I was East on this deal from a recent online match and hardly delighted to see partner preempt in my void. Fortunately, North came to the rescue with 3 , so I passed and South tried 3 NT. I gave a fleeting thought to bidding 4 as some kind of delayed Michaels for the majors, but then I remembered I was still on planet Earth and passed again.
Partner found a great lead in the 10, ducked to the king; then South led a spade to the king and ace. Having no clubs, I returned the 10 hoping it might hinder declarers communication, won by the queen. Declarer next cashed the Q, revealing the bad break, and paused to consider his options. Eight tricks were easy, and a ninth might come from an endplay against me. It was apparent from the bidding and play that I held the A and a club void.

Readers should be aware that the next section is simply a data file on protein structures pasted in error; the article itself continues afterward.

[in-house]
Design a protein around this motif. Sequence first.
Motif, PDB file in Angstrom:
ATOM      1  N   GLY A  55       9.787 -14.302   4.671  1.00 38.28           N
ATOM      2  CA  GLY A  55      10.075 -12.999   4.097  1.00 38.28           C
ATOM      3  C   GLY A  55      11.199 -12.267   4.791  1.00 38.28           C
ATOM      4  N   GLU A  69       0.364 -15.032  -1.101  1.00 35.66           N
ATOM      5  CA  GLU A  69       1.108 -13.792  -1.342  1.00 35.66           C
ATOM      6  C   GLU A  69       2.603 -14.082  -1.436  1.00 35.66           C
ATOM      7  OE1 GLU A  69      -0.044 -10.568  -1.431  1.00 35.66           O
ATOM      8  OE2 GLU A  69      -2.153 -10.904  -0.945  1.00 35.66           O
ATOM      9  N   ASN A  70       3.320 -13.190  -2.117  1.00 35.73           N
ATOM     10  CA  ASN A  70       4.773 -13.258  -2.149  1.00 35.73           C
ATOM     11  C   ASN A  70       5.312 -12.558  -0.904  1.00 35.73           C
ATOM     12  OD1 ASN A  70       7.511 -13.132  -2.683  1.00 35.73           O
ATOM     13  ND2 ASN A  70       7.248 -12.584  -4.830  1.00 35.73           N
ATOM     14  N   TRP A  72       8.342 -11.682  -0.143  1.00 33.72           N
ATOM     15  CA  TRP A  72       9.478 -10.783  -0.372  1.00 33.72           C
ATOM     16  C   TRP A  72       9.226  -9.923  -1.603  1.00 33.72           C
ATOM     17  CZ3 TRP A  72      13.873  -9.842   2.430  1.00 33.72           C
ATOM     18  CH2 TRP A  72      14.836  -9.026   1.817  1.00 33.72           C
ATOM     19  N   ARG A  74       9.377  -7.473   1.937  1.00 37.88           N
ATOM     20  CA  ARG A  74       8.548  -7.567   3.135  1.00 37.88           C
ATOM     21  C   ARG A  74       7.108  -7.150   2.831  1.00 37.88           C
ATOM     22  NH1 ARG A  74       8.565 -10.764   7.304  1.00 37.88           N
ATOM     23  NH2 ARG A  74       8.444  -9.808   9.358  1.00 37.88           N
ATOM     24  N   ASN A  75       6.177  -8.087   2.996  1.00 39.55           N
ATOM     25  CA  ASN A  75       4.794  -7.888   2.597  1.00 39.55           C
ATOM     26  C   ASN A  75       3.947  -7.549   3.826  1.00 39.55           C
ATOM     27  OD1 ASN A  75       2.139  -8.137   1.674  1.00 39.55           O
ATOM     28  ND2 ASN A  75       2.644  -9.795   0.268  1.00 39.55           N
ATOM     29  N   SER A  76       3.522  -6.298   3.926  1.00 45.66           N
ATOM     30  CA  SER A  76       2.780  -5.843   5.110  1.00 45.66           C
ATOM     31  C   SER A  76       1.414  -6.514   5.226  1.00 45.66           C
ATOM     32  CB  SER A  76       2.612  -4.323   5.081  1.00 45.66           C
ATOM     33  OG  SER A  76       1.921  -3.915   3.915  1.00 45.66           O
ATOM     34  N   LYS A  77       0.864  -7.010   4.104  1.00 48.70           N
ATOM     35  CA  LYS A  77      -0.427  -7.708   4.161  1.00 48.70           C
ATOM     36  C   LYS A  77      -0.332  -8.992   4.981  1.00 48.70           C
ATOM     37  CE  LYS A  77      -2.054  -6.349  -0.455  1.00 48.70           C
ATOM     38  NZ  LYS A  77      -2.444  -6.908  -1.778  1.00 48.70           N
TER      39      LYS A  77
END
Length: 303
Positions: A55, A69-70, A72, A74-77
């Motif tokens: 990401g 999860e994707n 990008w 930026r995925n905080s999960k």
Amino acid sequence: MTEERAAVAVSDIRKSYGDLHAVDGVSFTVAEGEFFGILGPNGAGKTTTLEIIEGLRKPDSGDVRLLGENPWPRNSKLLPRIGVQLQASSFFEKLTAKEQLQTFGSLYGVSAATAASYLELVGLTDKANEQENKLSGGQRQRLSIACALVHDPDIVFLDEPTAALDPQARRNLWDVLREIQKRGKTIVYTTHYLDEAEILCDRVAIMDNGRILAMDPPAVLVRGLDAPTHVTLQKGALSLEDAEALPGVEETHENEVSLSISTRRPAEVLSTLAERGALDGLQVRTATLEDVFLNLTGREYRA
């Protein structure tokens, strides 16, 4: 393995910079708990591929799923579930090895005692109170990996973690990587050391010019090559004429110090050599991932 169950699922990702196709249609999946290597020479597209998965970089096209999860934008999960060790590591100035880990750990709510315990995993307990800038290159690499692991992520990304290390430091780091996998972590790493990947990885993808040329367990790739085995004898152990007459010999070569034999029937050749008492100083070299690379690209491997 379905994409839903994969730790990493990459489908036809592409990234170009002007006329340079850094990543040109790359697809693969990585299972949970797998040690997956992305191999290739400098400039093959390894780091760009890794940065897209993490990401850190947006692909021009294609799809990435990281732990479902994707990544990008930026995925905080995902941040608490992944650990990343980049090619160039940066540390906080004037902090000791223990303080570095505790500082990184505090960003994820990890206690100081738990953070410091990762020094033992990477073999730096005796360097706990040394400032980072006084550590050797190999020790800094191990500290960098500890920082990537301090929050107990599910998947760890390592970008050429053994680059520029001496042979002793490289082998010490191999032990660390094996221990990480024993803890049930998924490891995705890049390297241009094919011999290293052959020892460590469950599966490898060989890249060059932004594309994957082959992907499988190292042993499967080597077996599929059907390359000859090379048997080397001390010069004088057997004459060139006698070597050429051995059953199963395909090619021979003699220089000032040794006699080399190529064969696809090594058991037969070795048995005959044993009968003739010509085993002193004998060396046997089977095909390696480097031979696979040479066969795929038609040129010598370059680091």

Accordingly, declarer cashed two more diamonds ending in hand and won the J. His plan was to exit with a spade, losing the last two spades and forcing me to give dummy the Q and the last two diamonds. It was easy to see this coming, so I unblocked the 9 under the jack in order to stick declarer back in his hand with the fifth spade. Declarer now had to lose the rest down two.
Declarers plan was sound and would have succeeded if he hadnt wasted the 2. Everyone has heard the maxim, Aces are meant to take kings, but high cards do not rule the world. It could also be proffered that, Deuces are meant to lose to threes. Remember this deal the next time you routinely play a low card.
© 2003 Richard Pavlicek